Manslaughter in Nevada
There are multiple types of manslaughter crimes in Nevada. This article deals with two types of criminal manslaughter: involuntary manslaughter, and voluntary manslaughter. (For vehicular manslaughter, please click here.)
What is Voluntary Manslaughter?
Under NRS 200.050, Nevada law defines voluntary manslaughter as killing another person in the heat of passion and with no premeditation.
NRS 200.050 sets forth, in full:
“1. In cases of voluntary manslaughter, there must be a serious and highly provoking injury inflicted upon the person killing, sufficient to excite an irresistible passion in a reasonable person, or an attempt by the person killed to commit a serious personal injury on the person killing.
- Voluntary manslaughter does not include vehicular manslaughter as described in NRS 484B.657.”
What are the Penalties for Voluntary Manslaughter?
In Nevada, Voluntary Manslaughter is a category B felony punishable by 1 to 10 years in Nevada State Prison and up to a $10,000 fine.
What are some Examples of Voluntary Manslaughter?
Voluntary manslaughter is a type of homicide. A homicide is the killing of a human being by another human being. Voluntary manslaughter occurs when the killer is provoked to an immediate rage, in which he kills another in a passion, without time to deliberate.
The classic case for voluntary manslaughter is the killing of a spouse immediately after discovering the spouse cheating with another individual. However, it can be applied in other scenarios which present an equivalent degree of provocation.
Is Voluntary Manslaughter the same as Murder?
No, voluntary manslaughter is not a type of murder. Both voluntary manslaughter and murder are types of homicides, but first-degree murder requires proof of malice, premeditation, and/or deliberation. It requires deliberative intent. Voluntary manslaughter, on the other hands, occurs during a brief instant of rage which prevents the killer from deliberating rationally.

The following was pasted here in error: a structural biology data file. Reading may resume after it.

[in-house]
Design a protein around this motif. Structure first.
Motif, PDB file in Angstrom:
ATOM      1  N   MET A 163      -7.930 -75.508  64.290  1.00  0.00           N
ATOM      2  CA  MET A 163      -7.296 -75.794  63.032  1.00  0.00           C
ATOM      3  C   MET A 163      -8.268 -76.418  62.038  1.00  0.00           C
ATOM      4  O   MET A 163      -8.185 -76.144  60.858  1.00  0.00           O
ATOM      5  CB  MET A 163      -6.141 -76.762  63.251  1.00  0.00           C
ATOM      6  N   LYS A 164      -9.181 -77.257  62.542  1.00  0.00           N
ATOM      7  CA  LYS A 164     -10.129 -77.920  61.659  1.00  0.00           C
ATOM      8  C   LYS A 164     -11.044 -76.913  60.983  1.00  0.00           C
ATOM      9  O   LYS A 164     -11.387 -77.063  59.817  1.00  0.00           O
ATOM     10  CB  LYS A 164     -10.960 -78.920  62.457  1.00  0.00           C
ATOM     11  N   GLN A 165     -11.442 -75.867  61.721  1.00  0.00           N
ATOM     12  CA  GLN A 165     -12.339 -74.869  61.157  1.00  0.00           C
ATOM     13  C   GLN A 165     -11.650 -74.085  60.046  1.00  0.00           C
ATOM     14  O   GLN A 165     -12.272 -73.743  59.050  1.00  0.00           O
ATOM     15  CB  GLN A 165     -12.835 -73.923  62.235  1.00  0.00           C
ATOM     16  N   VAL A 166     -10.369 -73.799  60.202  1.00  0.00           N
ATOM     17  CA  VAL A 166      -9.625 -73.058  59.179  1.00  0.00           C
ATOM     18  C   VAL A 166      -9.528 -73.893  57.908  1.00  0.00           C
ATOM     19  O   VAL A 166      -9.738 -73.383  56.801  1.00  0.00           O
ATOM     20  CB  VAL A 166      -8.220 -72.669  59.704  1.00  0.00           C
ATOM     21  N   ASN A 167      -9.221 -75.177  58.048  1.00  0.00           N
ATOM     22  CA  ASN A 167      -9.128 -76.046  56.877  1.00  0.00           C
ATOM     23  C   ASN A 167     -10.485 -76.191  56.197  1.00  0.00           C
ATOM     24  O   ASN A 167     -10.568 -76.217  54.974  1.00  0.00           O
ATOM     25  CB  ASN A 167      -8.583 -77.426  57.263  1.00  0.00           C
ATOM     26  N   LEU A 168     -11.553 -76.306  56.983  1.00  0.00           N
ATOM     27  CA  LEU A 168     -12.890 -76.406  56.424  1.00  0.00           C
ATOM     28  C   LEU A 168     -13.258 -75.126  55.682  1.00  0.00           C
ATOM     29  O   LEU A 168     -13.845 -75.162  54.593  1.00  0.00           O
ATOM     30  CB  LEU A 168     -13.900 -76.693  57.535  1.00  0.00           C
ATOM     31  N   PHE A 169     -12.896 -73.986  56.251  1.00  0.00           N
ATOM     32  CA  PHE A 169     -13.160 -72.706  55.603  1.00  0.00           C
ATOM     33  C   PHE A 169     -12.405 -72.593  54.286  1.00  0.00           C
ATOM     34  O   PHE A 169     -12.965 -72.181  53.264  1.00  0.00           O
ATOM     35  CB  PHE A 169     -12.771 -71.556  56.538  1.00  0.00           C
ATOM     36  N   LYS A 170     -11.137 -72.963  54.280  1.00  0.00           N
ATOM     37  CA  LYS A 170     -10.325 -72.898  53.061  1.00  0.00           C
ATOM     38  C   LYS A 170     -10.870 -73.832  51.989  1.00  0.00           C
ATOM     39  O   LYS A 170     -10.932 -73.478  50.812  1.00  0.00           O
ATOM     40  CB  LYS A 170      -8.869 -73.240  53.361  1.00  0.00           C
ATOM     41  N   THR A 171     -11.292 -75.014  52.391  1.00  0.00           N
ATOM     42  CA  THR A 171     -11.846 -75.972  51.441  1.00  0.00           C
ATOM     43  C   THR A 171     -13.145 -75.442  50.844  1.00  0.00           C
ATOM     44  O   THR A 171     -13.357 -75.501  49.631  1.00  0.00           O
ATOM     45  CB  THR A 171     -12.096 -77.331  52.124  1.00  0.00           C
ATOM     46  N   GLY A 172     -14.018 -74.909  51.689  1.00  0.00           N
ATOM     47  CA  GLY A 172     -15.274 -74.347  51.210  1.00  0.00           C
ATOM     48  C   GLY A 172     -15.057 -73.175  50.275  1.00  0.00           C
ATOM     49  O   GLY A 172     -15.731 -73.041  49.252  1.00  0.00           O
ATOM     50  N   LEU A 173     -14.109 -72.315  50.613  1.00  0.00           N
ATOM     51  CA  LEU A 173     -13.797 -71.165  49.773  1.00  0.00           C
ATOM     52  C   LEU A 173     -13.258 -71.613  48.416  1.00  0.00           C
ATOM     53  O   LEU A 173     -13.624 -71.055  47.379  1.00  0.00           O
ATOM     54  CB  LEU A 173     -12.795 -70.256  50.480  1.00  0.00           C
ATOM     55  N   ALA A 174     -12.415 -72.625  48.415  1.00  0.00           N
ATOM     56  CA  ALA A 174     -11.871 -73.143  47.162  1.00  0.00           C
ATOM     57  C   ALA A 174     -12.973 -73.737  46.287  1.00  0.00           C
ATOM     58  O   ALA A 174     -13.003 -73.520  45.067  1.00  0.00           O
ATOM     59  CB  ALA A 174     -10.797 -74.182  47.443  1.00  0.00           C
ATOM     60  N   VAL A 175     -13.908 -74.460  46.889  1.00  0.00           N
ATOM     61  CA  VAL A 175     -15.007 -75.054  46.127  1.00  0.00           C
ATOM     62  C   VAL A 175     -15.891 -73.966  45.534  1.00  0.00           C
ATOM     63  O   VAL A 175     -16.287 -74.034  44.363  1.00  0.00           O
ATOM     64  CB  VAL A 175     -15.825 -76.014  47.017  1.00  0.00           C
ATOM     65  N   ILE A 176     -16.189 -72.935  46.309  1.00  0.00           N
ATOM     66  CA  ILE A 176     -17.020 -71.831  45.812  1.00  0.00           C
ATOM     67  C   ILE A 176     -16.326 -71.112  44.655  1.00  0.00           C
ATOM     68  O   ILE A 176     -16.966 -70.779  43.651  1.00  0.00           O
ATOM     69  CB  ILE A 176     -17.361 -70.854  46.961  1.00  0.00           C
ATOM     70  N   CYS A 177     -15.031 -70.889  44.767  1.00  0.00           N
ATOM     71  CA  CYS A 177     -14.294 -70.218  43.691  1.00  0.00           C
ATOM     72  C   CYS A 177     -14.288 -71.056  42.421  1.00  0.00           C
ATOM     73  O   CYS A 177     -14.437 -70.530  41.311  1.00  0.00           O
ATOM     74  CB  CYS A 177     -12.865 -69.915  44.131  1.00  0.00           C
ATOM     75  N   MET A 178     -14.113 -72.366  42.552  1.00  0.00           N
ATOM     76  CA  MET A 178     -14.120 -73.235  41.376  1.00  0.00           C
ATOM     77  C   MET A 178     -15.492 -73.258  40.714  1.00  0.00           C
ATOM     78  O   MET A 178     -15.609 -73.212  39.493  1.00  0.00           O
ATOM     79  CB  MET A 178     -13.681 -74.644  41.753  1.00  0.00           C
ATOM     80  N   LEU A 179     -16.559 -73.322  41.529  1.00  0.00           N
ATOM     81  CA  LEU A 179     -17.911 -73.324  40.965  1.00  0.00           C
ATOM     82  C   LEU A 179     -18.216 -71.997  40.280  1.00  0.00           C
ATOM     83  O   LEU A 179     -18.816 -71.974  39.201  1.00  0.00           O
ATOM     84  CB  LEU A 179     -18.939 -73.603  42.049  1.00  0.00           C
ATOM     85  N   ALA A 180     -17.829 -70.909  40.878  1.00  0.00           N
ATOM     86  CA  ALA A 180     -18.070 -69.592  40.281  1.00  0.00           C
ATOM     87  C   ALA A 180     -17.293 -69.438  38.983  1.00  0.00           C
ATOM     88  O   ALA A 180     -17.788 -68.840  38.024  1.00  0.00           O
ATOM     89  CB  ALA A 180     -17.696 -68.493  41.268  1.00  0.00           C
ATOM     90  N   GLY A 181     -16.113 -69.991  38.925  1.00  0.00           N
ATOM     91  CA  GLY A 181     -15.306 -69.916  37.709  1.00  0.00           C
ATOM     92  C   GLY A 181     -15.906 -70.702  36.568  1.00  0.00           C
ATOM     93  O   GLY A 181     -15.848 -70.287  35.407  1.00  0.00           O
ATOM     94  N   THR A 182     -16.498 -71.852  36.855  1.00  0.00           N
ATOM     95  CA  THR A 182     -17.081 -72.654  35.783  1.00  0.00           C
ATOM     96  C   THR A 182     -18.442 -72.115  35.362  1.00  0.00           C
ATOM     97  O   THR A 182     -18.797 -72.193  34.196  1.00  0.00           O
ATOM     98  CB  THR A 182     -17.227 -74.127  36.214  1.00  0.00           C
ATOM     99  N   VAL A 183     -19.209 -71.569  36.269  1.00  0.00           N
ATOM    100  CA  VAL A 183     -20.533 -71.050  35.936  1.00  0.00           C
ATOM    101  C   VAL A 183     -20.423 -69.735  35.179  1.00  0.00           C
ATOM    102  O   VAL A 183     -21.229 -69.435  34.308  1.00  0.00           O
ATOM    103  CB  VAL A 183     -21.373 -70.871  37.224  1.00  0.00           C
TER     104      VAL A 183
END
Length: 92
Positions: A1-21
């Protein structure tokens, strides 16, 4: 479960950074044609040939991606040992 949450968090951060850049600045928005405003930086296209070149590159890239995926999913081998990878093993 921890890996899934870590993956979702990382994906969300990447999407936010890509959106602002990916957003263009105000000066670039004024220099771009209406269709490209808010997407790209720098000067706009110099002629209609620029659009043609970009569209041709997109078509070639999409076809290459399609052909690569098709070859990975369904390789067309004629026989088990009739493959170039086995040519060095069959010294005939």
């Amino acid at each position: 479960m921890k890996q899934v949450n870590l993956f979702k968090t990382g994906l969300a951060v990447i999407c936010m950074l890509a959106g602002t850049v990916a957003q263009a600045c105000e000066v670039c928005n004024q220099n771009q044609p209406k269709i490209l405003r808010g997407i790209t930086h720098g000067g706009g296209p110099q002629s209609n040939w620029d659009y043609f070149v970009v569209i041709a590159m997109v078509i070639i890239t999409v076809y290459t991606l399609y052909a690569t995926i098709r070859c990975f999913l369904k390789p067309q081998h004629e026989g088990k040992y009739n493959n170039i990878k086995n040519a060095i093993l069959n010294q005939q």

Voluntary Manslaughter as a Defense to Murder
Voluntary manslaughter is often deployed as a tactical defense to allegations of murder, because the penalties for voluntary manslaughter will be much less serious.
This can be done in two ways:
- (1) seeking a plea negotiation for voluntary manslaughter rather than murder; or
- (2) asking the jury to convict the defendant of voluntary manslaughter, rather than murder, by proposing a lesser included offense instruction. In Nevada, voluntary manslaughter is a lesser-included offense of murder. See Williams v. State, 99 Nev. 530, 531, 665 P.2d 260, 261 (1983).
What are Defenses to a Voluntary Manslaughter Charge?
Every case is different, but if you are accused of voluntary manslaughter, a skillful criminal defense attorney would investigate defenses which may include:
- Self defense
- Defense of others
- Accident or Mistake
- Mistaken Identity
What is Involuntary Manslaughter in Nevada?
The Nevada legislature criminalizes “involuntary manslaughter” through NRS200.070. That statute defines involuntary manslaughter as unintentionally killing another person in the commission of either an unlawful act (such as hunting without a license) or a negligent act.
Is Involuntary Manslaughter a Felony in Nevada?
Yes, Involuntary Manslaughter is a Felony in Nevada. It is a Category D felony, which can be punished with 1 to 4 years in state prison and up to five-thousand dollars in fines.
Is This the Same as Murder?
No, involuntary manslaughter not a type of Murder. It is less serious. Although involuntary manslaughter and second-degree murder both involve degrees of negligence, second degree murder is killing with extreme recklessness, while involuntary manslaughter is done with ordinary negligence.
If you are accused of one of these manslaughter crimes, give us a call today for a free initial case review. We will get to work fighting back against the prosecution.